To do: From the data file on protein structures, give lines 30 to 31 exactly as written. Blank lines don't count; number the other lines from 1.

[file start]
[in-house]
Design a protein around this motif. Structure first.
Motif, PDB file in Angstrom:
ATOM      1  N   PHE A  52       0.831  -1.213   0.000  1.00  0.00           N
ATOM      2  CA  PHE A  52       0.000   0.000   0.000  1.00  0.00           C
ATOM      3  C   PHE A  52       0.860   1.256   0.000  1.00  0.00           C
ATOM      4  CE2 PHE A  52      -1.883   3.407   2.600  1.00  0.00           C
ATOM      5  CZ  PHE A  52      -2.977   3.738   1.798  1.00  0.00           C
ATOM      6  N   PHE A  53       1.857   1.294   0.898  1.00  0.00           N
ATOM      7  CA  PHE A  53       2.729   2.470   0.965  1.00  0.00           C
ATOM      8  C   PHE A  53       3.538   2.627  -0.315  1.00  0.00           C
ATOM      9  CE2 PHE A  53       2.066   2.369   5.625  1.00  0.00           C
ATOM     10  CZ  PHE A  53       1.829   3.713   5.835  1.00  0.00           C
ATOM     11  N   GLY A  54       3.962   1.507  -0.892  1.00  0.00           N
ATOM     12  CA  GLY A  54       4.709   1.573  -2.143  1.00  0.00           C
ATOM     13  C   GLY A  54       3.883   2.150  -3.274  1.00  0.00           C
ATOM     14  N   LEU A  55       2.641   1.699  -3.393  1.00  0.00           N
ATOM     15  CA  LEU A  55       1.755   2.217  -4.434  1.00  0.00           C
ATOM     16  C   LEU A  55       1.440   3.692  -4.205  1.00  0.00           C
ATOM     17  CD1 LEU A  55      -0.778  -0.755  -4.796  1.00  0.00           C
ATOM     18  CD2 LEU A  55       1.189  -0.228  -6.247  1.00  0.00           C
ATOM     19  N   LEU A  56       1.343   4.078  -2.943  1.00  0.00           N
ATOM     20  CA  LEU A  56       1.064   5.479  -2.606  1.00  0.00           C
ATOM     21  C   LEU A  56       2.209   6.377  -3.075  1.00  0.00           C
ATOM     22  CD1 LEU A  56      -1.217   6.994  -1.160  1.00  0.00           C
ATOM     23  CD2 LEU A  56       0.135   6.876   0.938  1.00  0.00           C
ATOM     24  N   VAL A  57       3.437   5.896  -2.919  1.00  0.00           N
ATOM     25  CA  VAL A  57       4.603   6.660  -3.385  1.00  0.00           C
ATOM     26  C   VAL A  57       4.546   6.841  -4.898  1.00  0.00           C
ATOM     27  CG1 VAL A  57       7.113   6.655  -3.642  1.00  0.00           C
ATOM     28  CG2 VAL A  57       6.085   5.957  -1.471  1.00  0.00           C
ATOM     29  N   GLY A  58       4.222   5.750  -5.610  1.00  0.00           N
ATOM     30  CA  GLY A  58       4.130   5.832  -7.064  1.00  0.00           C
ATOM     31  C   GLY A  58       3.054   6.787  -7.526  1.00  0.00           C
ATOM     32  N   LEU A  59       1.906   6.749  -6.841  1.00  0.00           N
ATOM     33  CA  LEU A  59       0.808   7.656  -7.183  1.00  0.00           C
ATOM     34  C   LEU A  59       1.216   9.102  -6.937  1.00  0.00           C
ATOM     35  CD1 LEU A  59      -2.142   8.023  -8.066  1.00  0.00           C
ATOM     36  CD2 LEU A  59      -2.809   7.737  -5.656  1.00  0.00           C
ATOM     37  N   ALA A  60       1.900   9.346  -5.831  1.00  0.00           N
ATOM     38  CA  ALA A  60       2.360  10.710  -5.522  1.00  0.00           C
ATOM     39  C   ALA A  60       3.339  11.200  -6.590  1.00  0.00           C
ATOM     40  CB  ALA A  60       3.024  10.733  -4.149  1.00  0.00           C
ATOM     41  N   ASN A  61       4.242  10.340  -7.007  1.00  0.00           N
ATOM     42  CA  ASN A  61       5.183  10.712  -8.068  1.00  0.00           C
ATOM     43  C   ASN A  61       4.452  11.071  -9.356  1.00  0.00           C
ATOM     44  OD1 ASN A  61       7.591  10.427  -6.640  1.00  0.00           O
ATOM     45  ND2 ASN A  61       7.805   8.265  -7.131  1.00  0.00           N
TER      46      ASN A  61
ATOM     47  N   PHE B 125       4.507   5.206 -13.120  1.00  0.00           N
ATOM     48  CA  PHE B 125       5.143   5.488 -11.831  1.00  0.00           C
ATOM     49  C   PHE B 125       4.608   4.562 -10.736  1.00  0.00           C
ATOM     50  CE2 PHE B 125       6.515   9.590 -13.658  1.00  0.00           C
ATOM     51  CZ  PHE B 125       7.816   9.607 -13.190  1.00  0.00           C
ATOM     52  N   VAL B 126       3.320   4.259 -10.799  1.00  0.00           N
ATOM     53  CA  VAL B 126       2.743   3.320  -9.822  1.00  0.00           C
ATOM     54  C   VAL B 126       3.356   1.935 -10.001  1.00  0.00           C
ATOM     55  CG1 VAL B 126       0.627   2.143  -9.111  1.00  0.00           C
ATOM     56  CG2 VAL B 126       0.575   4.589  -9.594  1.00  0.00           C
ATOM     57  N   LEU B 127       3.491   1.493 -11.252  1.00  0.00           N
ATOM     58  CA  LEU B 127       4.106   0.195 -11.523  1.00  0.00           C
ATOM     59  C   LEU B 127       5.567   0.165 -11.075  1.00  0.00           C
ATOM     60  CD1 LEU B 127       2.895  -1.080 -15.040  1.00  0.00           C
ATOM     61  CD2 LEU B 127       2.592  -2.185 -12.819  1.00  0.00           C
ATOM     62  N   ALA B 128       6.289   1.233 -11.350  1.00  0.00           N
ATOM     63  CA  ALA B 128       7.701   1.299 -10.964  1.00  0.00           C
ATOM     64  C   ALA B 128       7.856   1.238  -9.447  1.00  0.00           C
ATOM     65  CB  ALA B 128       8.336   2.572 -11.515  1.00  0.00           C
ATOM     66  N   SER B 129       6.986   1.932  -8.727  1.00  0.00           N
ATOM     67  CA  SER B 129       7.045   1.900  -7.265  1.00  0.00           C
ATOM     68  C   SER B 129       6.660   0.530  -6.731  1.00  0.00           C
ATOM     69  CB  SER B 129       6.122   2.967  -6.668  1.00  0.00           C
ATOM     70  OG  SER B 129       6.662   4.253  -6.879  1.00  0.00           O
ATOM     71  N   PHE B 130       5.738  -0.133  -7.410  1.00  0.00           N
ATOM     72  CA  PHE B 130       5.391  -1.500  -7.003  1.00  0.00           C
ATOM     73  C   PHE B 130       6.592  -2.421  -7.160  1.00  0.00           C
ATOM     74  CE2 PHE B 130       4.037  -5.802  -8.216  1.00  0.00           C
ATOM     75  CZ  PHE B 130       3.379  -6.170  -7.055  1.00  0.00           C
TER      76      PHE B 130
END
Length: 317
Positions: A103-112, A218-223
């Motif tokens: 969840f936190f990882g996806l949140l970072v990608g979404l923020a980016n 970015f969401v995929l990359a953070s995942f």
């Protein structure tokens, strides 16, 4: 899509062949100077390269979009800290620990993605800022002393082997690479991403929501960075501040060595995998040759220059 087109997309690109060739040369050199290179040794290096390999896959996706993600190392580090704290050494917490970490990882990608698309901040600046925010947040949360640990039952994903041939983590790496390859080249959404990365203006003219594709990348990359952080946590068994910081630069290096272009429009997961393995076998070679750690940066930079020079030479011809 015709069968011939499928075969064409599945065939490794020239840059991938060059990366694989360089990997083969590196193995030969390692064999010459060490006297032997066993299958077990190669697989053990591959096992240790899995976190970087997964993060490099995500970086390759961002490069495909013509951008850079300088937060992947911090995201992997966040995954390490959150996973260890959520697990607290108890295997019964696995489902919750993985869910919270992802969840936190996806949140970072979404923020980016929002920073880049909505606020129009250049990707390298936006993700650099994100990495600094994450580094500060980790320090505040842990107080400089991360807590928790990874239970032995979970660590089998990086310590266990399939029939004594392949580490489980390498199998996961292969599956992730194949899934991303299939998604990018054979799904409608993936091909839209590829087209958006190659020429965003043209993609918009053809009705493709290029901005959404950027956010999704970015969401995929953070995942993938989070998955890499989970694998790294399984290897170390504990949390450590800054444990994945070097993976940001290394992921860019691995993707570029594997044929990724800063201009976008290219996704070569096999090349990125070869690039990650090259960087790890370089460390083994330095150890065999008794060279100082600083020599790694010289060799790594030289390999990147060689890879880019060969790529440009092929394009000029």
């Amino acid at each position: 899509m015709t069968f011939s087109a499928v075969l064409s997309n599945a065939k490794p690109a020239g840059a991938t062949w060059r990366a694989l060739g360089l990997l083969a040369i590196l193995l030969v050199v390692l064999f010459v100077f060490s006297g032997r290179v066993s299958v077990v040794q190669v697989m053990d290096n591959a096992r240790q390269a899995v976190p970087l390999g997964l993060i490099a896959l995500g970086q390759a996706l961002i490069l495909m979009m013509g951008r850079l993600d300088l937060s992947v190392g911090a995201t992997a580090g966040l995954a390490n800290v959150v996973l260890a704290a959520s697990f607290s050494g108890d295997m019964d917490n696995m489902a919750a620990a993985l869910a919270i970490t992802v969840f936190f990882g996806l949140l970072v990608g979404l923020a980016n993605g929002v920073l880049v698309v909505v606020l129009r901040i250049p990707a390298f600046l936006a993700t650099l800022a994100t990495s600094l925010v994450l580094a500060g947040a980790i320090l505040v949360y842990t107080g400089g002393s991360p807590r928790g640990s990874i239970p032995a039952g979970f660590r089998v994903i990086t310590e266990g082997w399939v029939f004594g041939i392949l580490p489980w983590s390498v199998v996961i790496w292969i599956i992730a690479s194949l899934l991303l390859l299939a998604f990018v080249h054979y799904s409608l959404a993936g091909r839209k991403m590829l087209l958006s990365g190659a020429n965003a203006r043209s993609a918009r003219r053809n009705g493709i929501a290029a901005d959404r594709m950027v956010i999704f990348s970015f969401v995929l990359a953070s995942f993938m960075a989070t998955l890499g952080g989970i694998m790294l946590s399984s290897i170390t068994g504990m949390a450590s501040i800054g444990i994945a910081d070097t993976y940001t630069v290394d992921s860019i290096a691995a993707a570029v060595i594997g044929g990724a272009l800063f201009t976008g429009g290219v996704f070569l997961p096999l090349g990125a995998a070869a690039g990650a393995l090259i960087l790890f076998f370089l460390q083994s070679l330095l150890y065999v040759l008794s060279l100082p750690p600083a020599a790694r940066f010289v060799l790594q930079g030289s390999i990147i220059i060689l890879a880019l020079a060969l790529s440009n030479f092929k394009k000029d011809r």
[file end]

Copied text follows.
ATOM     27  CG1 VAL A  57       7.113   6.655  -3.642  1.00  0.00           C
ATOM     28  CG2 VAL A  57       6.085   5.957  -1.471  1.00  0.00           C